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Unformatted text preview: mass (sarcopenia) Physiological Changes
Physiological Changes to organ function Kidneys less able to concentrate waste Liver less efficient breaking down drugs Pancreas less able to control blood glucose Bladder control may decline with aging Psychosocial Changes and Concerns
Psychosocial Medications May interact with nutrients May affect appetite May increase nutrient losses Income Psychosocial Changes and Concerns
Decreased hearing and vision Decreased mobility Depression Alcoholism Dementia Percent of the Population Aged 65 and Over Living Alone, by
Sex, Race, and Hispanic Origin: 2003 42
39 29 22
19 19 12
White alone Black alone Men Asian alone Hispanic (of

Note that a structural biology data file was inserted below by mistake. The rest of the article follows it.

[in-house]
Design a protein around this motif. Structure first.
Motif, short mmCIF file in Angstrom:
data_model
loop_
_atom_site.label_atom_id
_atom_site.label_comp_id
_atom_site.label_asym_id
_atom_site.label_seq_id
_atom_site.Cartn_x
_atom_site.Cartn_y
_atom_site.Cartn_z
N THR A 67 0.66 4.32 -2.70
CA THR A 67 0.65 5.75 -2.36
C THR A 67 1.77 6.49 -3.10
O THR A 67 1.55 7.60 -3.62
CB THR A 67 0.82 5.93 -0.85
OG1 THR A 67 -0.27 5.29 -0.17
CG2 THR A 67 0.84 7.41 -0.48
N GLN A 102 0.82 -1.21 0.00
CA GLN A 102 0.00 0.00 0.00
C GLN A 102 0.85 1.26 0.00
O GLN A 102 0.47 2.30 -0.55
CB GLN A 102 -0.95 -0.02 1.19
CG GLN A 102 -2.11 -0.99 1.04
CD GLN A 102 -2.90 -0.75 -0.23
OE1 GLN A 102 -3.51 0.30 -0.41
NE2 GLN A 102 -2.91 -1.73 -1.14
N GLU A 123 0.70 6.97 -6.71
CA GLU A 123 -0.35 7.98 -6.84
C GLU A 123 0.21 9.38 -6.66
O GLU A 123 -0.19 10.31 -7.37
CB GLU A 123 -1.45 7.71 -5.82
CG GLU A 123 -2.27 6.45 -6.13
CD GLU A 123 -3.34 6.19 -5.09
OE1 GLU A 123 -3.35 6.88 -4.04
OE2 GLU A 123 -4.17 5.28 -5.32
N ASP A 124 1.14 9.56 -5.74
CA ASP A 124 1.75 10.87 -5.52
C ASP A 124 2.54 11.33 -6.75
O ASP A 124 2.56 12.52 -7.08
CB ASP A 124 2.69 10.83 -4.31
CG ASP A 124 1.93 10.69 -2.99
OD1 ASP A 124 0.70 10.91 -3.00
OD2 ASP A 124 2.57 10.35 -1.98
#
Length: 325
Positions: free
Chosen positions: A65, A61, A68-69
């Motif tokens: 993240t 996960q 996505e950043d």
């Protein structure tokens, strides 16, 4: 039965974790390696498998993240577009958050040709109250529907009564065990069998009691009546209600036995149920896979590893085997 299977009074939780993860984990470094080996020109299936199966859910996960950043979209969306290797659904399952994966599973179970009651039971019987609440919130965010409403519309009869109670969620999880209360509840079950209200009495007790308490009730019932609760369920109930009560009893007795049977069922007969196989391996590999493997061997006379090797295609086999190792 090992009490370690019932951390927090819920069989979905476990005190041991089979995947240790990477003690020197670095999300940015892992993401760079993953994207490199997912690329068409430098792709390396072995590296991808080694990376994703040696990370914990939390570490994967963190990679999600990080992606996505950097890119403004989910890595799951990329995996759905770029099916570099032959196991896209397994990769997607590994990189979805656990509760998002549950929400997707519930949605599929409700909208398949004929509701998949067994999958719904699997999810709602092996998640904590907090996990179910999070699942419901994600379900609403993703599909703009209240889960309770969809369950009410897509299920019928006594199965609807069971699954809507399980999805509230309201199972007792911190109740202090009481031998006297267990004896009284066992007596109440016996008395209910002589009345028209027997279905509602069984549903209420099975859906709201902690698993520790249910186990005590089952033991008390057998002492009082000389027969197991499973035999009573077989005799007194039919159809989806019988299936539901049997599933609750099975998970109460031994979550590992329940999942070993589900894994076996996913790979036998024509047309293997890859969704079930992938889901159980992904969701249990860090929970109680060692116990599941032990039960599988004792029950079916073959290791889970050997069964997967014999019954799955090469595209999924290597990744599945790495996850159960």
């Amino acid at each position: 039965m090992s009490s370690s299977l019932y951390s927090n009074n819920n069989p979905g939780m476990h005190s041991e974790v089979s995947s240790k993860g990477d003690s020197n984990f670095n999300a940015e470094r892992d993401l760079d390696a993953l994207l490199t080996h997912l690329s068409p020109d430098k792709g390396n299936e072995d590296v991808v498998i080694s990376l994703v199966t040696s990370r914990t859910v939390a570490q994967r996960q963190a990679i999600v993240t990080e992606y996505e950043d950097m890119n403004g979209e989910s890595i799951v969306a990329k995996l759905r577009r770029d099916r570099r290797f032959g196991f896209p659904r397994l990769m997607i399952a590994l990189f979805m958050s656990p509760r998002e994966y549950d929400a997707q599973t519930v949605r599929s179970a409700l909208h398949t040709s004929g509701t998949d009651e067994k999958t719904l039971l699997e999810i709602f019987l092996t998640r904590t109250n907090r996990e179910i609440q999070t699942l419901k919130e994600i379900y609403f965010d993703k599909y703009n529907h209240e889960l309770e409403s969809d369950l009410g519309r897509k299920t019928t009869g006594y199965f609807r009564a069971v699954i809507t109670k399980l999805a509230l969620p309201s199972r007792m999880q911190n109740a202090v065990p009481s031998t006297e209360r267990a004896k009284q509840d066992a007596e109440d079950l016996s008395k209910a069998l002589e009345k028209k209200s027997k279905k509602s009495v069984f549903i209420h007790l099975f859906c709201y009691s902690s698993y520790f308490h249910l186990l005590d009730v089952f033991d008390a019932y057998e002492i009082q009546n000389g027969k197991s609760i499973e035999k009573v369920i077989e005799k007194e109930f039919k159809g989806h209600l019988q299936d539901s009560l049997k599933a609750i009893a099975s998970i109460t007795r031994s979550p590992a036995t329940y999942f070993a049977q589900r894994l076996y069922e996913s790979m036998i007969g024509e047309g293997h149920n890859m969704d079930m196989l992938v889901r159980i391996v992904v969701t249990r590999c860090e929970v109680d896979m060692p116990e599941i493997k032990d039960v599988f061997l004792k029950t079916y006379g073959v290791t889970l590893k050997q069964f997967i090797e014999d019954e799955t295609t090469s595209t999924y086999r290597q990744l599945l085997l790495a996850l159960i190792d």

any race) Non-Hispanic
White alone Black alone Asian alone Women Source: U.S. Census Bureau. Hispanic (of
any race) Nutrient needs of older adults
Nutrient Energy needs are typically reduced Loss of lean body mass
Less physically active lifestyle Macronutrients Protein needs do not decline with age Fat metabolism does not change Maintain 2035% of total kcal Carbohydrate needs 4565% of total kcal Nutrient needs of older adults
Nutrient Micronutrients Deficiencies may increase inadequate intake changes in digestion, absorption, and metabolism Calcium Vitamin D Iron B12 and folate Nutrient needs of older adults
Nutrient Vitamin D Limited exposure to sunlight Best sources con...
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This note was uploaded on 07/05/2013 for the course NUTR 300 taught by Professor Kirk during the Fall '08 term at University of Washington.
- Fall '08